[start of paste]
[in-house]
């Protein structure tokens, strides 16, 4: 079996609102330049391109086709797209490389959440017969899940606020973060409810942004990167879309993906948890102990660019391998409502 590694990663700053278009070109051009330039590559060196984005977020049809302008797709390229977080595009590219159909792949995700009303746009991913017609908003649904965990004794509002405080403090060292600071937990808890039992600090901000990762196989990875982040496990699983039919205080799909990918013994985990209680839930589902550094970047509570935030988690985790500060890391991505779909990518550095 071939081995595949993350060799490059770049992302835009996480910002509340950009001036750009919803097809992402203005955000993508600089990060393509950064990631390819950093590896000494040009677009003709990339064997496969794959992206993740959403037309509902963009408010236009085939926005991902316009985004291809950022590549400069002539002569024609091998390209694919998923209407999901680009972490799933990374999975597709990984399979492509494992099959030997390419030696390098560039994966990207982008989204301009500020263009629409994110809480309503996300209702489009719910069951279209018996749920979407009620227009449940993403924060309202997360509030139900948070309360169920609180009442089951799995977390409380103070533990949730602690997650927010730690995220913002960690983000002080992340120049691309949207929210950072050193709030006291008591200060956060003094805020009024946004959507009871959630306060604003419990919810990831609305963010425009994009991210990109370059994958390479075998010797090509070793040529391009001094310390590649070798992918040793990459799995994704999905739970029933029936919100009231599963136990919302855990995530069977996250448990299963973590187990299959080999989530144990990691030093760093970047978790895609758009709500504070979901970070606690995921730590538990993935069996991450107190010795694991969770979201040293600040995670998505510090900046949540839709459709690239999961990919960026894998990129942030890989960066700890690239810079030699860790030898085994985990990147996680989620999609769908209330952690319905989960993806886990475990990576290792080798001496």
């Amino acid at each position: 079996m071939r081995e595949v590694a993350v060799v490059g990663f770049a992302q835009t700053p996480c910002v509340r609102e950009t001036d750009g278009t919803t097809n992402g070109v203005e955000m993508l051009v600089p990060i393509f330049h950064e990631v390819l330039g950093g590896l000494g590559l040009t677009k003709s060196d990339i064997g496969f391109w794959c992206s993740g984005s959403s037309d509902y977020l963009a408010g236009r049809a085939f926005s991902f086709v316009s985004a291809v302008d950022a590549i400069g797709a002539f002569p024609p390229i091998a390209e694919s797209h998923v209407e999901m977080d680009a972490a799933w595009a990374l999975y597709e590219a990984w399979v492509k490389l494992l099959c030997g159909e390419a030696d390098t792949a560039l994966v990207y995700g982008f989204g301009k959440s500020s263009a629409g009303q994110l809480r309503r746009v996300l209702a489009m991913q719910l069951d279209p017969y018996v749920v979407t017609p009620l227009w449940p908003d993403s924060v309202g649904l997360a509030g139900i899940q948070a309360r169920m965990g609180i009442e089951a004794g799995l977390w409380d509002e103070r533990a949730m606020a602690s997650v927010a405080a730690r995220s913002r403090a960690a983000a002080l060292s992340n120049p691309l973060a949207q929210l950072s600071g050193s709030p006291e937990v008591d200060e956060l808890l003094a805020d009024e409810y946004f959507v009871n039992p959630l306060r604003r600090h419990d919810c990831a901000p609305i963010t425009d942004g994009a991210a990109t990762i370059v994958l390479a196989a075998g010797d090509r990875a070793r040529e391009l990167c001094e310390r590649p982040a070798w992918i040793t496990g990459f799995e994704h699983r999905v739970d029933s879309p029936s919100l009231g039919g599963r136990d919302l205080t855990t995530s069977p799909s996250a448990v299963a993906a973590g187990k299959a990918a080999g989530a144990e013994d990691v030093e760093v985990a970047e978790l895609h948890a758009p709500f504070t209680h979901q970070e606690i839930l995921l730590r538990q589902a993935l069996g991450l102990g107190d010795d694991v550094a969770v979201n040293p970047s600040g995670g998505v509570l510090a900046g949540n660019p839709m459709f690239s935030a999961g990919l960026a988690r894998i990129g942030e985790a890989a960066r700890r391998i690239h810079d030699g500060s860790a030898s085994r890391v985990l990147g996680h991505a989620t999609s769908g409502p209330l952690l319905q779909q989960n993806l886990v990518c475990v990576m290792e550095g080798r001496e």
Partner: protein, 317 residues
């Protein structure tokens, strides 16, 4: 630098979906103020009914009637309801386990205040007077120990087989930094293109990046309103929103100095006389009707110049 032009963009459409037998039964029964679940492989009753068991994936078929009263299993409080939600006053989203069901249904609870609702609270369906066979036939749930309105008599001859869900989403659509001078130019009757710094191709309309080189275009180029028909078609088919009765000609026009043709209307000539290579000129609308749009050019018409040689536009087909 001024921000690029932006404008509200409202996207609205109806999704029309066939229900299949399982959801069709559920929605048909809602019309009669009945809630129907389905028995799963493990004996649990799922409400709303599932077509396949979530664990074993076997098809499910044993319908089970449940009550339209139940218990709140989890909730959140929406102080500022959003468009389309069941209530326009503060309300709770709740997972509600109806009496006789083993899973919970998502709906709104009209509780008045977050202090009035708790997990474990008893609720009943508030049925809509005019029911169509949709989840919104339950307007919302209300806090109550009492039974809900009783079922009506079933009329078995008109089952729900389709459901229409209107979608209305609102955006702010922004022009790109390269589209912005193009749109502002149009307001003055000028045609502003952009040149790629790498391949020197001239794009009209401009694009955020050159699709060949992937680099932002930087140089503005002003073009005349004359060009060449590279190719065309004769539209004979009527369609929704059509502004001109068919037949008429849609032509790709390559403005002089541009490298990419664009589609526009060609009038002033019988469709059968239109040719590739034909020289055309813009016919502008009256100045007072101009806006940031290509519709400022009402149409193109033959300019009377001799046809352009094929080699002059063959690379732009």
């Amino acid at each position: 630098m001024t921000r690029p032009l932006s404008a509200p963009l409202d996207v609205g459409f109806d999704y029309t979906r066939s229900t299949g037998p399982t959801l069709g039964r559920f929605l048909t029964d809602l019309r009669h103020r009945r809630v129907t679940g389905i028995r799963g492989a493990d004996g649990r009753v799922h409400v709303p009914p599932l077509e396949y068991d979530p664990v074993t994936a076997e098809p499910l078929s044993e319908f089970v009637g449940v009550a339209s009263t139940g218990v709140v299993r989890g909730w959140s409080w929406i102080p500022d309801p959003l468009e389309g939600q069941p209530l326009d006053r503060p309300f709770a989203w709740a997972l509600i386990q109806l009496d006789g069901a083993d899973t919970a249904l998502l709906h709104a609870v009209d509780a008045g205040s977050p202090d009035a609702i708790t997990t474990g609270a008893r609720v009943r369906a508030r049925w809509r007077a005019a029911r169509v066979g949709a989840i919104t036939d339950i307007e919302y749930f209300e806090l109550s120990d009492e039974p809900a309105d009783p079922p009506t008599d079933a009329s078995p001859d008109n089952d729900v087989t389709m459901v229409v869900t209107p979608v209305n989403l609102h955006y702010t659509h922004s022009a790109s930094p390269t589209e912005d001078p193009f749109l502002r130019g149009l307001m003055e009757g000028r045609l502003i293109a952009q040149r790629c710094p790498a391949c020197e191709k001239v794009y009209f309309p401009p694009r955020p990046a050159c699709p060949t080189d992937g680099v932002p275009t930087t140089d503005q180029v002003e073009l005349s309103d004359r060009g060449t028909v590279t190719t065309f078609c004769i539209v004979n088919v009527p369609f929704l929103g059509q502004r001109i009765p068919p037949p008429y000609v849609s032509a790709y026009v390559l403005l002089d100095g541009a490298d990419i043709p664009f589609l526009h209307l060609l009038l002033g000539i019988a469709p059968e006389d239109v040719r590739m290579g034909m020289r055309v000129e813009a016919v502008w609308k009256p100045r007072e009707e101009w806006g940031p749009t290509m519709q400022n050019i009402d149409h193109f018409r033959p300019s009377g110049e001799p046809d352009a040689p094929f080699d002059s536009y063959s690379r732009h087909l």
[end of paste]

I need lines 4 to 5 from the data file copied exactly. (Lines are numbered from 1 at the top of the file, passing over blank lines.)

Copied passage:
Partner: protein, 317 residues
């Protein structure tokens, strides 16, 4: 630098979906103020009914009637309801386990205040007077120990087989930094293109990046309103929103100095006389009707110049 032009963009459409037998039964029964679940492989009753068991994936078929009263299993409080939600006053989203069901249904609870609702609270369906066979036939749930309105008599001859869900989403659509001078130019009757710094191709309309080189275009180029028909078609088919009765000609026009043709209307000539290579000129609308749009050019018409040689536009087909 001024921000690029932006404008509200409202996207609205109806999704029309066939229900299949399982959801069709559920929605048909809602019309009669009945809630129907389905028995799963493990004996649990799922409400709303599932077509396949979530664990074993076997098809499910044993319908089970449940009550339209139940218990709140989890909730959140929406102080500022959003468009389309069941209530326009503060309300709770709740997972509600109806009496006789083993899973919970998502709906709104009209509780008045977050202090009035708790997990474990008893609720009943508030049925809509005019029911169509949709989840919104339950307007919302209300806090109550009492039974809900009783079922009506079933009329078995008109089952729900389709459901229409209107979608209305609102955006702010922004022009790109390269589209912005193009749109502002149009307001003055000028045609502003952009040149790629790498391949020197001239794009009209401009694009955020050159699709060949992937680099932002930087140089503005002003073009005349004359060009060449590279190719065309004769539209004979009527369609929704059509502004001109068919037949008429849609032509790709390559403005002089541009490298990419664009589609526009060609009038002033019988469709059968239109040719590739034909020289055309813009016919502008009256100045007072101009806006940031290509519709400022009402149409193109033959300019009377001799046809352009094929080699002059063959690379732009």